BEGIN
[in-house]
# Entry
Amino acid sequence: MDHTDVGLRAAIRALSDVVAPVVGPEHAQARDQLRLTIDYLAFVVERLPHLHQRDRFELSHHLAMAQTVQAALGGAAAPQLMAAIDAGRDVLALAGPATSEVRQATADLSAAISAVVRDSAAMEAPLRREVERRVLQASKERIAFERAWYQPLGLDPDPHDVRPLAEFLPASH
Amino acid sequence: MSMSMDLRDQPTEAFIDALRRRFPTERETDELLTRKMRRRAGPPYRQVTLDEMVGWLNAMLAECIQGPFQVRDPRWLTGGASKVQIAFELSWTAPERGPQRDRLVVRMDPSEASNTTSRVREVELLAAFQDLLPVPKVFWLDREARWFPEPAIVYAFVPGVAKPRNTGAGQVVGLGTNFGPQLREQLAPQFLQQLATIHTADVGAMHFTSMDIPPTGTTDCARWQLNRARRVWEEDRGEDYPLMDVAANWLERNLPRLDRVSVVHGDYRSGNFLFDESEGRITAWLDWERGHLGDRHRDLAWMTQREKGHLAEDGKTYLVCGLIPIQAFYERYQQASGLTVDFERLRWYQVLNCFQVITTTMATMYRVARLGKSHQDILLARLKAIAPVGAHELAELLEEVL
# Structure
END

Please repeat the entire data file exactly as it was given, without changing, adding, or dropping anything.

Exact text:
[in-house]
# Entry
Amino acid sequence: MDHTDVGLRAAIRALSDVVAPVVGPEHAQARDQLRLTIDYLAFVVERLPHLHQRDRFELSHHLAMAQTVQAALGGAAAPQLMAAIDAGRDVLALAGPATSEVRQATADLSAAISAVVRDSAAMEAPLRREVERRVLQASKERIAFERAWYQPLGLDPDPHDVRPLAEFLPASH
Amino acid sequence: MSMSMDLRDQPTEAFIDALRRRFPTERETDELLTRKMRRRAGPPYRQVTLDEMVGWLNAMLAECIQGPFQVRDPRWLTGGASKVQIAFELSWTAPERGPQRDRLVVRMDPSEASNTTSRVREVELLAAFQDLLPVPKVFWLDREARWFPEPAIVYAFVPGVAKPRNTGAGQVVGLGTNFGPQLREQLAPQFLQQLATIHTADVGAMHFTSMDIPPTGTTDCARWQLNRARRVWEEDRGEDYPLMDVAANWLERNLPRLDRVSVVHGDYRSGNFLFDESEGRITAWLDWERGHLGDRHRDLAWMTQREKGHLAEDGKTYLVCGLIPIQAFYERYQQASGLTVDFERLRWYQVLNCFQVITTTMATMYRVARLGKSHQDILLARLKAIAPVGAHELAELLEEVL
# Structure